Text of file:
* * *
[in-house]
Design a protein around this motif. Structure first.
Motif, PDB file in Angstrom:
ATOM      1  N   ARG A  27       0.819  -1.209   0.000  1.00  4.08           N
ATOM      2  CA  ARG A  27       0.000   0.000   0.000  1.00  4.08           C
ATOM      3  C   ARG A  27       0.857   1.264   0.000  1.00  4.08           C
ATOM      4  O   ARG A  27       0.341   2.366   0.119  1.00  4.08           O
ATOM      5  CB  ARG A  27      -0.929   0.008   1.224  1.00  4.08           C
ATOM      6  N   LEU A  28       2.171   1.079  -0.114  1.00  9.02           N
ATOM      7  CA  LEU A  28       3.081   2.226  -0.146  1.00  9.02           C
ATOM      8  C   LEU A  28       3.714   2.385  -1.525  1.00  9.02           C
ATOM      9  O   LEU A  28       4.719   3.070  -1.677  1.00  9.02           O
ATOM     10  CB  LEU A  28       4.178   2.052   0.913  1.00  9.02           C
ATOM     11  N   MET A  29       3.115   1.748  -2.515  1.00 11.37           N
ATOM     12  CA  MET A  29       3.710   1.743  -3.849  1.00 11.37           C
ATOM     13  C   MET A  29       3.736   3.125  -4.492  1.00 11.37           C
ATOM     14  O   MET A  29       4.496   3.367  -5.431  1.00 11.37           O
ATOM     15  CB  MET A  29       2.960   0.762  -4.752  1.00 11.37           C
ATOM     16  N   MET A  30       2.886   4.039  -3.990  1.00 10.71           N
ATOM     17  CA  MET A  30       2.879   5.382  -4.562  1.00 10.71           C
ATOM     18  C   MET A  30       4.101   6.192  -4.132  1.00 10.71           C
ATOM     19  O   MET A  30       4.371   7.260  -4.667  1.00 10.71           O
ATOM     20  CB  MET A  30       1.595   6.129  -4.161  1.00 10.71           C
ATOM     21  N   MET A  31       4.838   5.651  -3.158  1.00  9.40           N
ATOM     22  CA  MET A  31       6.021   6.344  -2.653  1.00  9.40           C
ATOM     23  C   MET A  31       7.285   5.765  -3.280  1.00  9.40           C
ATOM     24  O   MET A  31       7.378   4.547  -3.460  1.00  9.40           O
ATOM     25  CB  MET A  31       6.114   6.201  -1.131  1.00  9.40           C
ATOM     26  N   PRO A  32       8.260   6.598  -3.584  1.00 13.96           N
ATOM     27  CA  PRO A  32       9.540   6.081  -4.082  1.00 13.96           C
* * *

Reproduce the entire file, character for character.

[in-house]
Design a protein around this motif. Structure first.
Motif, PDB file in Angstrom:
ATOM      1  N   ARG A  27       0.819  -1.209   0.000  1.00  4.08           N
ATOM      2  CA  ARG A  27       0.000   0.000   0.000  1.00  4.08           C
ATOM      3  C   ARG A  27       0.857   1.264   0.000  1.00  4.08           C
ATOM      4  O   ARG A  27       0.341   2.366   0.119  1.00  4.08           O
ATOM      5  CB  ARG A  27      -0.929   0.008   1.224  1.00  4.08           C
ATOM      6  N   LEU A  28       2.171   1.079  -0.114  1.00  9.02           N
ATOM      7  CA  LEU A  28       3.081   2.226  -0.146  1.00  9.02           C
ATOM      8  C   LEU A  28       3.714   2.385  -1.525  1.00  9.02           C
ATOM      9  O   LEU A  28       4.719   3.070  -1.677  1.00  9.02           O
ATOM     10  CB  LEU A  28       4.178   2.052   0.913  1.00  9.02           C
ATOM     11  N   MET A  29       3.115   1.748  -2.515  1.00 11.37           N
ATOM     12  CA  MET A  29       3.710   1.743  -3.849  1.00 11.37           C
ATOM     13  C   MET A  29       3.736   3.125  -4.492  1.00 11.37           C
ATOM     14  O   MET A  29       4.496   3.367  -5.431  1.00 11.37           O
ATOM     15  CB  MET A  29       2.960   0.762  -4.752  1.00 11.37           C
ATOM     16  N   MET A  30       2.886   4.039  -3.990  1.00 10.71           N
ATOM     17  CA  MET A  30       2.879   5.382  -4.562  1.00 10.71           C
ATOM     18  C   MET A  30       4.101   6.192  -4.132  1.00 10.71           C
ATOM     19  O   MET A  30       4.371   7.260  -4.667  1.00 10.71           O
ATOM     20  CB  MET A  30       1.595   6.129  -4.161  1.00 10.71           C
ATOM     21  N   MET A  31       4.838   5.651  -3.158  1.00  9.40           N
ATOM     22  CA  MET A  31       6.021   6.344  -2.653  1.00  9.40           C
ATOM     23  C   MET A  31       7.285   5.765  -3.280  1.00  9.40           C
ATOM     24  O   MET A  31       7.378   4.547  -3.460  1.00  9.40           O
ATOM     25  CB  MET A  31       6.114   6.201  -1.131  1.00  9.40           C
ATOM     26  N   PRO A  32       8.260   6.598  -3.584  1.00 13.96           N
ATOM     27  CA  PRO A  32       9.540   6.081  -4.082  1.00 13.96           C